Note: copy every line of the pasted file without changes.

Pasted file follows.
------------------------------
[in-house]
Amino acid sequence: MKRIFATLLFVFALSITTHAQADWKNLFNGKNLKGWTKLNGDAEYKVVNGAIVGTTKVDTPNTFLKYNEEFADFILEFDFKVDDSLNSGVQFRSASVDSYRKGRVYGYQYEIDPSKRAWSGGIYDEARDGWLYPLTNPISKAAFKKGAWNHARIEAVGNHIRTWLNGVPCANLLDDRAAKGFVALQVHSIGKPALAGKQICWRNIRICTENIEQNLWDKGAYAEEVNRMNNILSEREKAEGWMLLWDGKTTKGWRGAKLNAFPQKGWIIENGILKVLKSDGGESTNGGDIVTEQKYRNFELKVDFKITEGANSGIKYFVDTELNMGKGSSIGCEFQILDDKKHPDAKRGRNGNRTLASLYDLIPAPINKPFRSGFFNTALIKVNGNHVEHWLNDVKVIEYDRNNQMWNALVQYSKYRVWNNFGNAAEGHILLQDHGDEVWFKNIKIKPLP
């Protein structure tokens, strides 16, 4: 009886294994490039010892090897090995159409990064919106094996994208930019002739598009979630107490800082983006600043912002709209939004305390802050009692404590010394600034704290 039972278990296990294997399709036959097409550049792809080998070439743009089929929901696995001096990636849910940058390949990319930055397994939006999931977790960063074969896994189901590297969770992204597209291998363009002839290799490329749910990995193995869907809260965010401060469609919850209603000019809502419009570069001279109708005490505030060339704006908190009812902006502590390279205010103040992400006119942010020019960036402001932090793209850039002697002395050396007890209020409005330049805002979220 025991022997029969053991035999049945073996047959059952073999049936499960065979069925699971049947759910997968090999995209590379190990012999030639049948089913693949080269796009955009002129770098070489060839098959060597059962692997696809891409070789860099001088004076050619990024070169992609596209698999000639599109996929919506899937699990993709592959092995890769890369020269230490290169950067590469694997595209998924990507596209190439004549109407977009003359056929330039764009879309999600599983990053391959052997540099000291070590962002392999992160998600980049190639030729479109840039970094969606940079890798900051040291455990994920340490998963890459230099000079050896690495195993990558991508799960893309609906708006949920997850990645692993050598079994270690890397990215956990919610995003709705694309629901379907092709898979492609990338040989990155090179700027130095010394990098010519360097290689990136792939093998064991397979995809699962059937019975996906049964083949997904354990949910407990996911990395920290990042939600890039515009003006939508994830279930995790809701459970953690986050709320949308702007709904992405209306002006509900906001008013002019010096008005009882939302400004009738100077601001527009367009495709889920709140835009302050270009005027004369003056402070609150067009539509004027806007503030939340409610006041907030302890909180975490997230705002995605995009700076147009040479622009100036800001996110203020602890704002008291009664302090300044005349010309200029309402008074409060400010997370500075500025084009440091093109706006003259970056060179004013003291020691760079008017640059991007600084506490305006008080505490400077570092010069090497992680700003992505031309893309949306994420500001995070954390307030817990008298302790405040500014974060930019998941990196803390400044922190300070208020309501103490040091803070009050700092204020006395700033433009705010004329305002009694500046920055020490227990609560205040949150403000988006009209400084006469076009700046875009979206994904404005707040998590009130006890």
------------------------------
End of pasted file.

[in-house]
Amino acid sequence: MKRIFATLLFVFALSITTHAQADWKNLFNGKNLKGWTKLNGDAEYKVVNGAIVGTTKVDTPNTFLKYNEEFADFILEFDFKVDDSLNSGVQFRSASVDSYRKGRVYGYQYEIDPSKRAWSGGIYDEARDGWLYPLTNPISKAAFKKGAWNHARIEAVGNHIRTWLNGVPCANLLDDRAAKGFVALQVHSIGKPALAGKQICWRNIRICTENIEQNLWDKGAYAEEVNRMNNILSEREKAEGWMLLWDGKTTKGWRGAKLNAFPQKGWIIENGILKVLKSDGGESTNGGDIVTEQKYRNFELKVDFKITEGANSGIKYFVDTELNMGKGSSIGCEFQILDDKKHPDAKRGRNGNRTLASLYDLIPAPINKPFRSGFFNTALIKVNGNHVEHWLNDVKVIEYDRNNQMWNALVQYSKYRVWNNFGNAAEGHILLQDHGDEVWFKNIKIKPLP
């Protein structure tokens, strides 16, 4: 009886294994490039010892090897090995159409990064919106094996994208930019002739598009979630107490800082983006600043912002709209939004305390802050009692404590010394600034704290 039972278990296990294997399709036959097409550049792809080998070439743009089929929901696995001096990636849910940058390949990319930055397994939006999931977790960063074969896994189901590297969770992204597209291998363009002839290799490329749910990995193995869907809260965010401060469609919850209603000019809502419009570069001279109708005490505030060339704006908190009812902006502590390279205010103040992400006119942010020019960036402001932090793209850039002697002395050396007890209020409005330049805002979220 025991022997029969053991035999049945073996047959059952073999049936499960065979069925699971049947759910997968090999995209590379190990012999030639049948089913693949080269796009955009002129770098070489060839098959060597059962692997696809891409070789860099001088004076050619990024070169992609596209698999000639599109996929919506899937699990993709592959092995890769890369020269230490290169950067590469694997595209998924990507596209190439004549109407977009003359056929330039764009879309999600599983990053391959052997540099000291070590962002392999992160998600980049190639030729479109840039970094969606940079890798900051040291455990994920340490998963890459230099000079050896690495195993990558991508799960893309609906708006949920997850990645692993050598079994270690890397990215956990919610995003709705694309629901379907092709898979492609990338040989990155090179700027130095010394990098010519360097290689990136792939093998064991397979995809699962059937019975996906049964083949997904354990949910407990996911990395920290990042939600890039515009003006939508994830279930995790809701459970953690986050709320949308702007709904992405209306002006509900906001008013002019010096008005009882939302400004009738100077601001527009367009495709889920709140835009302050270009005027004369003056402070609150067009539509004027806007503030939340409610006041907030302890909180975490997230705002995605995009700076147009040479622009100036800001996110203020602890704002008291009664302090300044005349010309200029309402008074409060400010997370500075500025084009440091093109706006003259970056060179004013003291020691760079008017640059991007600084506490305006008080505490400077570092010069090497992680700003992505031309893309949306994420500001995070954390307030817990008298302790405040500014974060930019998941990196803390400044922190300070208020309501103490040091803070009050700092204020006395700033433009705010004329305002009694500046920055020490227990609560205040949150403000988006009209400084006469076009700046875009979206994904404005707040998590009130006890």